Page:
The House That My Father Built  (Once Upon A Time)

2010

Consisting of a painting, photograph, tradition clothes and an animation film projected on surface. Commissioned by MATHAF, Arab Museum of Modern Art as a part of Told, Untold, Retold Exhibition, 2010 at the opening of MATHAF museum. curated by: Sam Bardaouil and Till Fellrath. 

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> Photos of the artist’s parents taken in Baghdad in 1982 at studio Adel, Al Thawra City. Reproduced by the artist in the Netherlands, 2010. Each 40 x 50 cm. Lambda-print.
 

The House That My Father Built ...

6:12 minutes, Sound, 2010.

 

installation view

Selected images from MATHAF, Arab Museum of Modern Art, 2010 

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Selected images from figures sketches

Pencil drawings, 2010

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> Painting's detailOnce Upon a Time, 2010, 400 x 620 cm. Indian ink, rice paper and oil paint on linen.
 

Selected images from first animation's sketches

Charcoal drawings, 2010

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Selected images from inkjet print

80 x 80 cm.

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At artist’s studio, 2010

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> Left: Clothes of the artist’s father after his death in 2009 at the family house in Baghdad.
> Right: Side of the room. 
 
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> These 3 images from the first notes papers
 

Artist statement

The house that may father built,  (Once upon a time)

In the family house, and in my father’s room in particular, which was his guest room and daily sitting area, my feet shook as I entered the room after long years of expatriation. His clothes, which were hanging there in a corner, were the first things I laid eyes on. That was a very intense and emotional moment to me.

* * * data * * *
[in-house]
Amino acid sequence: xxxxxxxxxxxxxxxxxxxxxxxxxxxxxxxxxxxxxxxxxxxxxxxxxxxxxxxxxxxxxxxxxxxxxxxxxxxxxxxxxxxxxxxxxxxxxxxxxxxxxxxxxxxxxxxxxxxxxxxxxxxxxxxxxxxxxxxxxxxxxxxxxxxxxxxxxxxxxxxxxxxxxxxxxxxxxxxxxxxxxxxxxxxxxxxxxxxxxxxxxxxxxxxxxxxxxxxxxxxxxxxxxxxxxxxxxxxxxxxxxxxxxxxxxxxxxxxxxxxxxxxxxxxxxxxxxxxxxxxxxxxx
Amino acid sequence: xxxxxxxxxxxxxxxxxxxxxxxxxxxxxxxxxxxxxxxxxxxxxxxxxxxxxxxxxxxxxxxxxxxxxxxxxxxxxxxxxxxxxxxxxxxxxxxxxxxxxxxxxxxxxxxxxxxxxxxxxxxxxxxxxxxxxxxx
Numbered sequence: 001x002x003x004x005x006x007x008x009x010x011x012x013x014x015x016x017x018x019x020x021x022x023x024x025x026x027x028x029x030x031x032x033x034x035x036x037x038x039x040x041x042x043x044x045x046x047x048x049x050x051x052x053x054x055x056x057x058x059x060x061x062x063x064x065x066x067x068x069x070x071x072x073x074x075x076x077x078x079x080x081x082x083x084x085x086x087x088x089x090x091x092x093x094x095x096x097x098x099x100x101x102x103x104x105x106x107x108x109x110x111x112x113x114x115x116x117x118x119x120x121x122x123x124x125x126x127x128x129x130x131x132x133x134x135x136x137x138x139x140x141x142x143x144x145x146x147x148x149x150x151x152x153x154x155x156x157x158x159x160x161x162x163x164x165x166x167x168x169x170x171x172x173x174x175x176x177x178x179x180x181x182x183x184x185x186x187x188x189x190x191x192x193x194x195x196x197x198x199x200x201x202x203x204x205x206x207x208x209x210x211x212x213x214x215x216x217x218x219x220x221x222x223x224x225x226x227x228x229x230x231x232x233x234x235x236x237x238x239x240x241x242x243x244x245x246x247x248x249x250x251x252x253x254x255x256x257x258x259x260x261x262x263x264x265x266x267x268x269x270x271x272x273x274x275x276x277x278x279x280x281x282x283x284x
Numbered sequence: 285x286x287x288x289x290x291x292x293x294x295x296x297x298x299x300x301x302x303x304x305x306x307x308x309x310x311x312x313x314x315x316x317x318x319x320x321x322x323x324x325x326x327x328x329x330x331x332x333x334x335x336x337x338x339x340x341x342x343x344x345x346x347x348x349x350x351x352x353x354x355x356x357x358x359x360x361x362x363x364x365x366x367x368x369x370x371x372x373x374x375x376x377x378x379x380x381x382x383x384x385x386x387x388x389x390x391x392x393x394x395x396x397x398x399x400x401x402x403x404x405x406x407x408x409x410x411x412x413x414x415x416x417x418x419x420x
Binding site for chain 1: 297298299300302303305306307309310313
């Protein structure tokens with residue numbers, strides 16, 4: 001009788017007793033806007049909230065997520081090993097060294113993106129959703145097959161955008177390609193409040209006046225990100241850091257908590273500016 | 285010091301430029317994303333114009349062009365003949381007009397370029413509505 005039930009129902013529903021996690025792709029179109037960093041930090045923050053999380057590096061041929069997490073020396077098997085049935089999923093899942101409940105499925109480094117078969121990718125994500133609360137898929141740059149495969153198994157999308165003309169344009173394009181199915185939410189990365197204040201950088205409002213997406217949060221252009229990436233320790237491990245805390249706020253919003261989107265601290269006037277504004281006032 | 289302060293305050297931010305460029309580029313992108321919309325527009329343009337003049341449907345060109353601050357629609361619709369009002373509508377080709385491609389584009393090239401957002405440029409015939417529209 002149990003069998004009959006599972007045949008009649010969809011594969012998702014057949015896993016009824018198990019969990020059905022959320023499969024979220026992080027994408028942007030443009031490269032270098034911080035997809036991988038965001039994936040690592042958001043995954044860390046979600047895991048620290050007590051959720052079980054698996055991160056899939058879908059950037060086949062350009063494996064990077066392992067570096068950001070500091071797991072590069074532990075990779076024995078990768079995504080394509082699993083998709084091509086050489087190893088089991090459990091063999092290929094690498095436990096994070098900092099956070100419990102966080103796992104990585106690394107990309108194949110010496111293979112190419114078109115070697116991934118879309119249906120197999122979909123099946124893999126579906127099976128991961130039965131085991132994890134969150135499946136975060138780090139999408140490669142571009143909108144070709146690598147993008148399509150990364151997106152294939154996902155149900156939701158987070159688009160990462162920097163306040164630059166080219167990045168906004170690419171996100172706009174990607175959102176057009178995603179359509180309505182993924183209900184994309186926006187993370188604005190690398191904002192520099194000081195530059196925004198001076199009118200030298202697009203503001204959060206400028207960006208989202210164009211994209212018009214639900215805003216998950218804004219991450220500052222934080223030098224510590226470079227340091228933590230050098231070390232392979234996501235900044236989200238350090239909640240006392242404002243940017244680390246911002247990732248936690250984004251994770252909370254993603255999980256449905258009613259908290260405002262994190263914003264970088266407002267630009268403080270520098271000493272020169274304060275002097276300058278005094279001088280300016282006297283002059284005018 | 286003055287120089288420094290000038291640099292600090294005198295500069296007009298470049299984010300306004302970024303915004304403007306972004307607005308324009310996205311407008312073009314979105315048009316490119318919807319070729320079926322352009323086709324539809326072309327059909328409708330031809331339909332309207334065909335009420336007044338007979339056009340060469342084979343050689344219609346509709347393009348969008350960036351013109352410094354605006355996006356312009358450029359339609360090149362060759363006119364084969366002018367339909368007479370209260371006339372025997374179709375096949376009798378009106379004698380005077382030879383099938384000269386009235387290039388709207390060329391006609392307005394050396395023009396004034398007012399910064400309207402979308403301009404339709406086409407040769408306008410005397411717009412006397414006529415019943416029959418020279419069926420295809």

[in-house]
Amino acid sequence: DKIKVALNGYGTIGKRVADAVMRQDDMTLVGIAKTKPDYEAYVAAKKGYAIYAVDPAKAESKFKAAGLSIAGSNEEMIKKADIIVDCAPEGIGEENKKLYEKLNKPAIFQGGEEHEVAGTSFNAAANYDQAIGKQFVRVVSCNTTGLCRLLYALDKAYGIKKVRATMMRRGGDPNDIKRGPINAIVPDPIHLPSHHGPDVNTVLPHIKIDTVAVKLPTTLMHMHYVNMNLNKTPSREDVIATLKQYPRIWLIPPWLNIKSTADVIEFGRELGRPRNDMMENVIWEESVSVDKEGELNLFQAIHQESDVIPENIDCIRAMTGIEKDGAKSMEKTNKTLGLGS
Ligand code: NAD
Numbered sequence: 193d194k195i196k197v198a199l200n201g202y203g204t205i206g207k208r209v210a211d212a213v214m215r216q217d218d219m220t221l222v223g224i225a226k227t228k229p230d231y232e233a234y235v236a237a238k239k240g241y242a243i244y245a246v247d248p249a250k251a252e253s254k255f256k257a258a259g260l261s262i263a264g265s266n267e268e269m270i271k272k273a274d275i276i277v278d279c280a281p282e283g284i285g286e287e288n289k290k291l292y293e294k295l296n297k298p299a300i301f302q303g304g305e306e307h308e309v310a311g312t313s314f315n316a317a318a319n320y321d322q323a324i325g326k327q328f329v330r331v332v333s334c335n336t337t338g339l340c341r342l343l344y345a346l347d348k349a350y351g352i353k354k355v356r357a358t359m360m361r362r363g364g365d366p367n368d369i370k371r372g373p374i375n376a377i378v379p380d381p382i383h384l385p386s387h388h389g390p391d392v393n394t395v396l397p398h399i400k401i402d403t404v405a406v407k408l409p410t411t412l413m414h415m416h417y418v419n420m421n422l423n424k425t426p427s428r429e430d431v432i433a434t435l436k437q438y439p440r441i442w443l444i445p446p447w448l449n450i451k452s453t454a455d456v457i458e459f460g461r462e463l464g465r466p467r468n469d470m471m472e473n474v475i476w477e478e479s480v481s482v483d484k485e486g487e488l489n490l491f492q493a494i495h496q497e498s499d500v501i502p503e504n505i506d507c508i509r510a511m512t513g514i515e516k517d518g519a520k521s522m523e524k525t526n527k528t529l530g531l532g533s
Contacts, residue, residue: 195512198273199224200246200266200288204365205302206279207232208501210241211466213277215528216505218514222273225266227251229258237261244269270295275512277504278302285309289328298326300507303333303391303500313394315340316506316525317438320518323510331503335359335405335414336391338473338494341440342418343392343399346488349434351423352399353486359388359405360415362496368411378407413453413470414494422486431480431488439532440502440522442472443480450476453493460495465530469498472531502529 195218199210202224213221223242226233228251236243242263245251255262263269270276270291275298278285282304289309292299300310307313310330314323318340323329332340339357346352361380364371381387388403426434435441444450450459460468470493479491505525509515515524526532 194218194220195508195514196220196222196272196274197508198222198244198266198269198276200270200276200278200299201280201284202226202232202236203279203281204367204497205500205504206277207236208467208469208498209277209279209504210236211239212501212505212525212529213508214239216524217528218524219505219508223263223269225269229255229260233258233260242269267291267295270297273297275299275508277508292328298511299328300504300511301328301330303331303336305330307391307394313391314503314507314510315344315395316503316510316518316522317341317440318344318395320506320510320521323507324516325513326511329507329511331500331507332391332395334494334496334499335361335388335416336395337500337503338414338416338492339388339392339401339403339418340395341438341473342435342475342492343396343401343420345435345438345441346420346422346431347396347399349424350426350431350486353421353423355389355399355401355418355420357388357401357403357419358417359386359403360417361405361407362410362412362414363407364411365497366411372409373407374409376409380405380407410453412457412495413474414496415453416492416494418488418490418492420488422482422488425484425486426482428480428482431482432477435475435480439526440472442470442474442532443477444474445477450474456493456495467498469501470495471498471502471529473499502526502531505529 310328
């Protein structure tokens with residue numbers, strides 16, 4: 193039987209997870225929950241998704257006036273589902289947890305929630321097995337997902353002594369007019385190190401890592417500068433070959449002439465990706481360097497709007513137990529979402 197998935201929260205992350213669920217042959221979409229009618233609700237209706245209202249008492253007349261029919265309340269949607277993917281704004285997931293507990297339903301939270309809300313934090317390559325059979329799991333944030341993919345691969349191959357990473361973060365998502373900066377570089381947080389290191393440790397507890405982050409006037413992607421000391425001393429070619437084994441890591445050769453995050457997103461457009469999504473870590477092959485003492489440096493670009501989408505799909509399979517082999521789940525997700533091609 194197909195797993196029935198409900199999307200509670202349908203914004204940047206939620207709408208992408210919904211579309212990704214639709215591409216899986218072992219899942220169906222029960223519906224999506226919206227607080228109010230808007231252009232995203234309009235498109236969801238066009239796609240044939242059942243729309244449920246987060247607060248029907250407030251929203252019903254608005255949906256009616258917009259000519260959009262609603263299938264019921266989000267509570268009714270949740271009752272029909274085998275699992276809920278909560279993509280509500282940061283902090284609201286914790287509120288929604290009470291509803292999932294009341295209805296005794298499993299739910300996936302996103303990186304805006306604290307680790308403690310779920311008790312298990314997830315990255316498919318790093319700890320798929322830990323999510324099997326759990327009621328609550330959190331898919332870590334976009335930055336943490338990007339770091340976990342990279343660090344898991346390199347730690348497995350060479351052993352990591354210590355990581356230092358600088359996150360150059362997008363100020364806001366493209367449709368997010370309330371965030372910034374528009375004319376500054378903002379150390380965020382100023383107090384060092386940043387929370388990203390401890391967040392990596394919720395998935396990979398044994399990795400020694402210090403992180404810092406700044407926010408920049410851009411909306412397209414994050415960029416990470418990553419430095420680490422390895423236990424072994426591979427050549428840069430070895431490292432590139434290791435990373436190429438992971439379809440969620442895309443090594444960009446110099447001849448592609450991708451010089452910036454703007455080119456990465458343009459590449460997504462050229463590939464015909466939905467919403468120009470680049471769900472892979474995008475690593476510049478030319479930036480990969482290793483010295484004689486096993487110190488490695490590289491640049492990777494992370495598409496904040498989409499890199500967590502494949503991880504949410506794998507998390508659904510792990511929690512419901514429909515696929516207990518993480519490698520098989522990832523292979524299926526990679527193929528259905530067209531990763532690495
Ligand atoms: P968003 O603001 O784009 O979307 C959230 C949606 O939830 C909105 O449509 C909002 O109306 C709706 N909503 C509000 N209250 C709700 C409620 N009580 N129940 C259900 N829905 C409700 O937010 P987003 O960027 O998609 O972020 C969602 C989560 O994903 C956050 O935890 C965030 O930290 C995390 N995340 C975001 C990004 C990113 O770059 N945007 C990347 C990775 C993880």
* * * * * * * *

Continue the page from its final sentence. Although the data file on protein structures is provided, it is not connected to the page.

This is then what is left of my father...!? 
His kufiyeh “head cover”, agal “headband”, praying beads, and traditional clothing. They were all deeply rooted in his identity and sentiment. They, with his big old collection of coffee pots made part of his dignity, respect and sense of belonging.
They were hanging there, high, tidy and clean, as always, ready to be worn, exactly as he used to hang them himself. They were leveled upright on the wall surrounded by lost ghosts and floating shadows, restless and anxious, pacing the room, swaying on the beat of his strong, deep voice which filled the room, together with the smell of fresh roasted coffee and the tunes of old sad Mawaweels.

This is then what is left of my father...!
A few Objects,
Hundreds of memories,
A grieving love which still fills my mother’s eyes,
And many unfinished tales.

A moment of confusion.
A world disappeared and a new one aroused, a more beautiful charming world.
Here in this room I used to sit next to him, sometimes on his lap or on my mother’s were I felt warm and happy switching between the two. I used to put my arms around his neck or dangle my legs over his broad shoulders, loudly laugh and sing. Here I used to play, run, dance draw and dream, sheltered by their presence and love.

Oh Lord, where do memories come from?
Where do they go?
Where do they disappear and in which cupboard are they set?